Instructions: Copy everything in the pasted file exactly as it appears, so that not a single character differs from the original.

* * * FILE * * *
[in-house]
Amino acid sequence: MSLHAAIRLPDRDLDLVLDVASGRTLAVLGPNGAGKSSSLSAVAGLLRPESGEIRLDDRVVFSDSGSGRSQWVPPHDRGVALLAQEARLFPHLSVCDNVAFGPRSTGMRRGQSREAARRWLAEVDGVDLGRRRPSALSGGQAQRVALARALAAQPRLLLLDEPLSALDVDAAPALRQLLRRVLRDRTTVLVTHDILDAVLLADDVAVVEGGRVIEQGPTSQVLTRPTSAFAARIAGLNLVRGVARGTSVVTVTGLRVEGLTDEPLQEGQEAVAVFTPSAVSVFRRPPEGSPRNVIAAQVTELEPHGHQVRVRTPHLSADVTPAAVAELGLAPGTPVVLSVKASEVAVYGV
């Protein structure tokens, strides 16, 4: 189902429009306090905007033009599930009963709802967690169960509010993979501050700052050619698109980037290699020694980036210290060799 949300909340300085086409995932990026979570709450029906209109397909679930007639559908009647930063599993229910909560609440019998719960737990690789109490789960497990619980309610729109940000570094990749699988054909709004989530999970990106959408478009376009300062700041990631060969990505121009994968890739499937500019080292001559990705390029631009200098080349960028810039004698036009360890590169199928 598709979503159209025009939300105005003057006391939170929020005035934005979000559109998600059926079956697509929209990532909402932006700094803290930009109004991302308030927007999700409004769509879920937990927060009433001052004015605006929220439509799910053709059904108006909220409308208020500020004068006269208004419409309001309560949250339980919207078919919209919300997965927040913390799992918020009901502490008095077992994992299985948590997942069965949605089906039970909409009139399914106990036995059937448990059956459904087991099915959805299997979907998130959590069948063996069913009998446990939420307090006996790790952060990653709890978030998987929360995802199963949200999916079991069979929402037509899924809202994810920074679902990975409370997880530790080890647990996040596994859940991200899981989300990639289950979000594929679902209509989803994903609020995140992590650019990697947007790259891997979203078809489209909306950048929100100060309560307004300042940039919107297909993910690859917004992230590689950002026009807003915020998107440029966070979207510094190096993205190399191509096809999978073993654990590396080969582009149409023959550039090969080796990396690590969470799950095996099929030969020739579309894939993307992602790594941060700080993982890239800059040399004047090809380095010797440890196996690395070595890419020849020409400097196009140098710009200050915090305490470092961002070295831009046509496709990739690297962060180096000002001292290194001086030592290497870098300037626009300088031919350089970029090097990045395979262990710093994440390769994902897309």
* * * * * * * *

[in-house]
Amino acid sequence: MSLHAAIRLPDRDLDLVLDVASGRTLAVLGPNGAGKSSSLSAVAGLLRPESGEIRLDDRVVFSDSGSGRSQWVPPHDRGVALLAQEARLFPHLSVCDNVAFGPRSTGMRRGQSREAARRWLAEVDGVDLGRRRPSALSGGQAQRVALARALAAQPRLLLLDEPLSALDVDAAPALRQLLRRVLRDRTTVLVTHDILDAVLLADDVAVVEGGRVIEQGPTSQVLTRPTSAFAARIAGLNLVRGVARGTSVVTVTGLRVEGLTDEPLQEGQEAVAVFTPSAVSVFRRPPEGSPRNVIAAQVTELEPHGHQVRVRTPHLSADVTPAAVAELGLAPGTPVVLSVKASEVAVYGV
């Protein structure tokens, strides 16, 4: 189902429009306090905007033009599930009963709802967690169960509010993979501050700052050619698109980037290699020694980036210290060799 949300909340300085086409995932990026979570709450029906209109397909679930007639559908009647930063599993229910909560609440019998719960737990690789109490789960497990619980309610729109940000570094990749699988054909709004989530999970990106959408478009376009300062700041990631060969990505121009994968890739499937500019080292001559990705390029631009200098080349960028810039004698036009360890590169199928 598709979503159209025009939300105005003057006391939170929020005035934005979000559109998600059926079956697509929209990532909402932006700094803290930009109004991302308030927007999700409004769509879920937990927060009433001052004015605006929220439509799910053709059904108006909220409308208020500020004068006269208004419409309001309560949250339980919207078919919209919300997965927040913390799992918020009901502490008095077992994992299985948590997942069965949605089906039970909409009139399914106990036995059937448990059956459904087991099915959805299997979907998130959590069948063996069913009998446990939420307090006996790790952060990653709890978030998987929360995802199963949200999916079991069979929402037509899924809202994810920074679902990975409370997880530790080890647990996040596994859940991200899981989300990639289950979000594929679902209509989803994903609020995140992590650019990697947007790259891997979203078809489209909306950048929100100060309560307004300042940039919107297909993910690859917004992230590689950002026009807003915020998107440029966070979207510094190096993205190399191509096809999978073993654990590396080969582009149409023959550039090969080796990396690590969470799950095996099929030969020739579309894939993307992602790594941060700080993982890239800059040399004047090809380095010797440890196996690395070595890419020849020409400097196009140098710009200050915090305490470092961002070295831009046509496709990739690297962060180096000002001292290194001086030592290497870098300037626009300088031919350089970029090097990045395979262990710093994440390769994902897309």